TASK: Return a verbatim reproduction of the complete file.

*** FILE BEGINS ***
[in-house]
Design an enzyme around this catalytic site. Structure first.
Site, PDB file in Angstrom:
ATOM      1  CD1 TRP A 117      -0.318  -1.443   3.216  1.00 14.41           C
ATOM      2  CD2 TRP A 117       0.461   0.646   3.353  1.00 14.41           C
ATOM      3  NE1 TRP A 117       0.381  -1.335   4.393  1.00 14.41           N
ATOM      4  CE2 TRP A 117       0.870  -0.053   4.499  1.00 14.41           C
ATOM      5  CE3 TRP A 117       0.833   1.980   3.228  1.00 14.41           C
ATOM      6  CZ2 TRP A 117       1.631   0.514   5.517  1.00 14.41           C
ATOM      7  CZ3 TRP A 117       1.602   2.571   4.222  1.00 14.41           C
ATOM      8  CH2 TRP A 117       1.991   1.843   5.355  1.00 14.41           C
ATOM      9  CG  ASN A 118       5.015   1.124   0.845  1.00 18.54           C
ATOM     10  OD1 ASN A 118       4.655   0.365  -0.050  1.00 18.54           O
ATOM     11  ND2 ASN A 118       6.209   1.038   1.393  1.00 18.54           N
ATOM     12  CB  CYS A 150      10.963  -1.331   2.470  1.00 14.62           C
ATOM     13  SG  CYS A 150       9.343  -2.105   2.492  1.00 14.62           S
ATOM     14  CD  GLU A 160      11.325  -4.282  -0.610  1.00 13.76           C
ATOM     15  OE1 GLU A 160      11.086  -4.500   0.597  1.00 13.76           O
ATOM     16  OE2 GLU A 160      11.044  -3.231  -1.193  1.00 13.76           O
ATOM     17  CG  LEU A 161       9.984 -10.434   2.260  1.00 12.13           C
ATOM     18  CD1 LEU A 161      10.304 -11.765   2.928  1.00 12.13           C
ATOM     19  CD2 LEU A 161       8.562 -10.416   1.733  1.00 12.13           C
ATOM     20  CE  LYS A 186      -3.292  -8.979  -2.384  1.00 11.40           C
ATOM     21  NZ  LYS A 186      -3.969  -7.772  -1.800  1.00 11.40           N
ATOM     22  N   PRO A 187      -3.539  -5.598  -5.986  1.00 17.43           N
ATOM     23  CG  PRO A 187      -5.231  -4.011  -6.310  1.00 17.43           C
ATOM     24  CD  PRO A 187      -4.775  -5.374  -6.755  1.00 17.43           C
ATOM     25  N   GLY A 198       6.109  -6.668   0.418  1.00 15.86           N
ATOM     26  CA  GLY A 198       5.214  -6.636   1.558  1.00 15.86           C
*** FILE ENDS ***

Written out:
[in-house]
Design an enzyme around this catalytic site. Structure first.
Site, PDB file in Angstrom:
ATOM      1  CD1 TRP A 117      -0.318  -1.443   3.216  1.00 14.41           C
ATOM      2  CD2 TRP A 117       0.461   0.646   3.353  1.00 14.41           C
ATOM      3  NE1 TRP A 117       0.381  -1.335   4.393  1.00 14.41           N
ATOM      4  CE2 TRP A 117       0.870  -0.053   4.499  1.00 14.41           C
ATOM      5  CE3 TRP A 117       0.833   1.980   3.228  1.00 14.41           C
ATOM      6  CZ2 TRP A 117       1.631   0.514   5.517  1.00 14.41           C
ATOM      7  CZ3 TRP A 117       1.602   2.571   4.222  1.00 14.41           C
ATOM      8  CH2 TRP A 117       1.991   1.843   5.355  1.00 14.41           C
ATOM      9  CG  ASN A 118       5.015   1.124   0.845  1.00 18.54           C
ATOM     10  OD1 ASN A 118       4.655   0.365  -0.050  1.00 18.54           O
ATOM     11  ND2 ASN A 118       6.209   1.038   1.393  1.00 18.54           N
ATOM     12  CB  CYS A 150      10.963  -1.331   2.470  1.00 14.62           C
ATOM     13  SG  CYS A 150       9.343  -2.105   2.492  1.00 14.62           S
ATOM     14  CD  GLU A 160      11.325  -4.282  -0.610  1.00 13.76           C
ATOM     15  OE1 GLU A 160      11.086  -4.500   0.597  1.00 13.76           O
ATOM     16  OE2 GLU A 160      11.044  -3.231  -1.193  1.00 13.76           O
ATOM     17  CG  LEU A 161       9.984 -10.434   2.260  1.00 12.13           C
ATOM     18  CD1 LEU A 161      10.304 -11.765   2.928  1.00 12.13           C
ATOM     19  CD2 LEU A 161       8.562 -10.416   1.733  1.00 12.13           C
ATOM     20  CE  LYS A 186      -3.292  -8.979  -2.384  1.00 11.40           C
ATOM     21  NZ  LYS A 186      -3.969  -7.772  -1.800  1.00 11.40           N
ATOM     22  N   PRO A 187      -3.539  -5.598  -5.986  1.00 17.43           N
ATOM     23  CG  PRO A 187      -5.231  -4.011  -6.310  1.00 17.43           C
ATOM     24  CD  PRO A 187      -4.775  -5.374  -6.755  1.00 17.43           C
ATOM     25  N   GLY A 198       6.109  -6.668   0.418  1.00 15.86           N
ATOM     26  CA  GLY A 198       5.214  -6.636   1.558  1.00 15.86           C